Where the Line Blurs

Where the line blurs is a photographic work focusing on the landscape and people behind the headlines in Mexico‚Äôs northern border. 

Covering some 3000km from the Pacific Ocean to the Gulf of Mexico, the region has often been portrayed through stories of cartel violence, disappearances, the impact of US border policies, and the different waves of migrants and refugees.

While at first I was also drawn to photograph these, eventuallythe focus moved to the opposite end: the realities around those headlines. How local men and women would continue on their day-to-day despite the pervasive violence. I wanted toportray the invisible. The palpable tension. The distances. The disconnection and the isolation. The marks left on the landscape by the fights to control it.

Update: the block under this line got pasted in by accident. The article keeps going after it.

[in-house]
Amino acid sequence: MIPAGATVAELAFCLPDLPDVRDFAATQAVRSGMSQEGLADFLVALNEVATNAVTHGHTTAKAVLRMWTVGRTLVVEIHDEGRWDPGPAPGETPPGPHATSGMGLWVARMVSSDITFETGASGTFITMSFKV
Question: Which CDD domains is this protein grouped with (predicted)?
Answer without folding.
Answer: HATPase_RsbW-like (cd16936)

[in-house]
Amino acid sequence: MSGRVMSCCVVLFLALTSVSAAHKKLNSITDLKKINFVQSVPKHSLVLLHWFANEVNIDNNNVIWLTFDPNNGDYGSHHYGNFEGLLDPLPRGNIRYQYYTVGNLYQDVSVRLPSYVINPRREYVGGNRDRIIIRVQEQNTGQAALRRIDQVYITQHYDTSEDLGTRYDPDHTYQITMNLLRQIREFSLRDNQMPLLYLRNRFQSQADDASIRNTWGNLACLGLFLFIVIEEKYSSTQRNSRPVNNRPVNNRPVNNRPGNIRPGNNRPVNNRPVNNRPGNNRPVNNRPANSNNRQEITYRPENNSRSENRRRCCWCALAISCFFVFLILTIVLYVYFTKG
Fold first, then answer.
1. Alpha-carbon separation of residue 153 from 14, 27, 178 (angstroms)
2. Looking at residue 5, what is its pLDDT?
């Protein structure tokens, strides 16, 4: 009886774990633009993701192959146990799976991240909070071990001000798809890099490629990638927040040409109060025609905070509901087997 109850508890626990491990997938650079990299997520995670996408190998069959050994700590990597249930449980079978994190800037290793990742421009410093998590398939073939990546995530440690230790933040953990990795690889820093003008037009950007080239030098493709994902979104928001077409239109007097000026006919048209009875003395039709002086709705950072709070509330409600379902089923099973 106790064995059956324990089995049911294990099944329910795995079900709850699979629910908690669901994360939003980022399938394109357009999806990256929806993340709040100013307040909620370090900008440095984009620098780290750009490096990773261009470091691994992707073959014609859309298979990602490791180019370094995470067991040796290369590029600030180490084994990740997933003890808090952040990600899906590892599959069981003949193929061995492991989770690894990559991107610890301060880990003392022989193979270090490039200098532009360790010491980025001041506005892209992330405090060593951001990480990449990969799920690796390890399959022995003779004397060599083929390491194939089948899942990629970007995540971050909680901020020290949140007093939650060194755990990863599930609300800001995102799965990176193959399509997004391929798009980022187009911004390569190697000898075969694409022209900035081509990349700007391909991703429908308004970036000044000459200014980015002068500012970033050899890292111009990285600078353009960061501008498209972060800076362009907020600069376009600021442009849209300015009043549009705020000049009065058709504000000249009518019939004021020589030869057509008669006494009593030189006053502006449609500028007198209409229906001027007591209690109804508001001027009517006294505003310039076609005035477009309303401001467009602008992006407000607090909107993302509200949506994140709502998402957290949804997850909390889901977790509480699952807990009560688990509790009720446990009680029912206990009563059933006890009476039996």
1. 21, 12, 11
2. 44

Working intuitively and trying not to be too influenced by what I already knew of the region, I aimed for a nuanced approach that could reveal the complex realities of a region that seems to be in permanent state of flux.

Along it I saw celebrations, departures and waiting moments. I found landscapes that revealed the tensions underneath: abandoned houses, burned villages, fenced deserts. The wall as a symbolic and literal division of the Americas: the English and the Spanish-speaking worlds. A hyper-secured border and the most crossed border in the world. The longing of those wanting to cross to the US, and the hopes of those settling to work in a region that had expanded industrially due to free trade agreements. The cultural mix bringing influences from north and south. I could also see parallels with other borders; regions where two countries are the closest, yet the farthest too. 

The work contemplates the everyday life of those inhabiting the region, whether temporary or permanently, and their relationship with their environment. It invites us to pause and reflect on the myriad of stories that are happening in one of the most contested borders in the world.